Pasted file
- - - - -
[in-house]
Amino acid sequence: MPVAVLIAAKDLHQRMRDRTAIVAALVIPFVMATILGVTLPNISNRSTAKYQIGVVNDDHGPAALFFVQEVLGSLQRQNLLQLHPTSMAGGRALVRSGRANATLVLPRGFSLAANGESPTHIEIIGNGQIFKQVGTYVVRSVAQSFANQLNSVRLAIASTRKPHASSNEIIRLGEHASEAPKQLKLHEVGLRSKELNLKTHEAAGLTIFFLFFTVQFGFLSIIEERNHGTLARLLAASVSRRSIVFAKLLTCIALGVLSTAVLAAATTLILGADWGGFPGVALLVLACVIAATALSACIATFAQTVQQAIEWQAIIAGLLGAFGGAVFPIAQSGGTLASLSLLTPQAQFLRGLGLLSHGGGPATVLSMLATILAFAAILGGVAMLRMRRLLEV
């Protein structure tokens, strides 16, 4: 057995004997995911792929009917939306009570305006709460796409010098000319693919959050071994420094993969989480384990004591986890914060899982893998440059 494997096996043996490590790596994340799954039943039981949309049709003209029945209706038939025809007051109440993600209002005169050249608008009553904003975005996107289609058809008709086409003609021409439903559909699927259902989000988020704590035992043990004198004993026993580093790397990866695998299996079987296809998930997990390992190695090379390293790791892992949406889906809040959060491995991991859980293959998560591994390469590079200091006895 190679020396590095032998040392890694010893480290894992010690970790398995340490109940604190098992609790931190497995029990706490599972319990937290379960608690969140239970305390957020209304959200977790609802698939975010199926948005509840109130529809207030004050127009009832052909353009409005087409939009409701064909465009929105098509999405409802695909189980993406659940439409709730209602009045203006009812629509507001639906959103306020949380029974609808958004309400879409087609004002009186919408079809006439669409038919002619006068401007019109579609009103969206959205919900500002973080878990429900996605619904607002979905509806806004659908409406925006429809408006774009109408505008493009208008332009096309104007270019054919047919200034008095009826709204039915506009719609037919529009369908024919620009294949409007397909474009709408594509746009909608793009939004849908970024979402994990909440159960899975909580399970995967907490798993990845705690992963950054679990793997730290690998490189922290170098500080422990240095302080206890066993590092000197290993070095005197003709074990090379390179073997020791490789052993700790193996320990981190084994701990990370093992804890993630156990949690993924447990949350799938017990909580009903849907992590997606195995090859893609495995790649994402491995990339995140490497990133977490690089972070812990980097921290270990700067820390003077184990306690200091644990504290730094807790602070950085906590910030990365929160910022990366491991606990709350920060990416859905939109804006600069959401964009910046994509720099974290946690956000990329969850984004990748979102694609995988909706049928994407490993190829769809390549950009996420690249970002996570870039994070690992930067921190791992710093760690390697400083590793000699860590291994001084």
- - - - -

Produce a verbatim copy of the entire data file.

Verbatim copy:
[in-house]
Amino acid sequence: MPVAVLIAAKDLHQRMRDRTAIVAALVIPFVMATILGVTLPNISNRSTAKYQIGVVNDDHGPAALFFVQEVLGSLQRQNLLQLHPTSMAGGRALVRSGRANATLVLPRGFSLAANGESPTHIEIIGNGQIFKQVGTYVVRSVAQSFANQLNSVRLAIASTRKPHASSNEIIRLGEHASEAPKQLKLHEVGLRSKELNLKTHEAAGLTIFFLFFTVQFGFLSIIEERNHGTLARLLAASVSRRSIVFAKLLTCIALGVLSTAVLAAATTLILGADWGGFPGVALLVLACVIAATALSACIATFAQTVQQAIEWQAIIAGLLGAFGGAVFPIAQSGGTLASLSLLTPQAQFLRGLGLLSHGGGPATVLSMLATILAFAAILGGVAMLRMRRLLEV
């Protein structure tokens, strides 16, 4: 057995004997995911792929009917939306009570305006709460796409010098000319693919959050071994420094993969989480384990004591986890914060899982893998440059 494997096996043996490590790596994340799954039943039981949309049709003209029945209706038939025809007051109440993600209002005169050249608008009553904003975005996107289609058809008709086409003609021409439903559909699927259902989000988020704590035992043990004198004993026993580093790397990866695998299996079987296809998930997990390992190695090379390293790791892992949406889906809040959060491995991991859980293959998560591994390469590079200091006895 190679020396590095032998040392890694010893480290894992010690970790398995340490109940604190098992609790931190497995029990706490599972319990937290379960608690969140239970305390957020209304959200977790609802698939975010199926948005509840109130529809207030004050127009009832052909353009409005087409939009409701064909465009929105098509999405409802695909189980993406659940439409709730209602009045203006009812629509507001639906959103306020949380029974609808958004309400879409087609004002009186919408079809006439669409038919002619006068401007019109579609009103969206959205919900500002973080878990429900996605619904607002979905509806806004659908409406925006429809408006774009109408505008493009208008332009096309104007270019054919047919200034008095009826709204039915506009719609037919529009369908024919620009294949409007397909474009709408594509746009909608793009939004849908970024979402994990909440159960899975909580399970995967907490798993990845705690992963950054679990793997730290690998490189922290170098500080422990240095302080206890066993590092000197290993070095005197003709074990090379390179073997020791490789052993700790193996320990981190084994701990990370093992804890993630156990949690993924447990949350799938017990909580009903849907992590997606195995090859893609495995790649994402491995990339995140490497990133977490690089972070812990980097921290270990700067820390003077184990306690200091644990504290730094807790602070950085906590910030990365929160910022990366491991606990709350920060990416859905939109804006600069959401964009910046994509720099974290946690956000990329969850984004990748979102694609995988909706049928994407490993190829769809390549950009996420690249970002996570870039994070690992930067921190791992710093760690390697400083590793000699860590291994001084």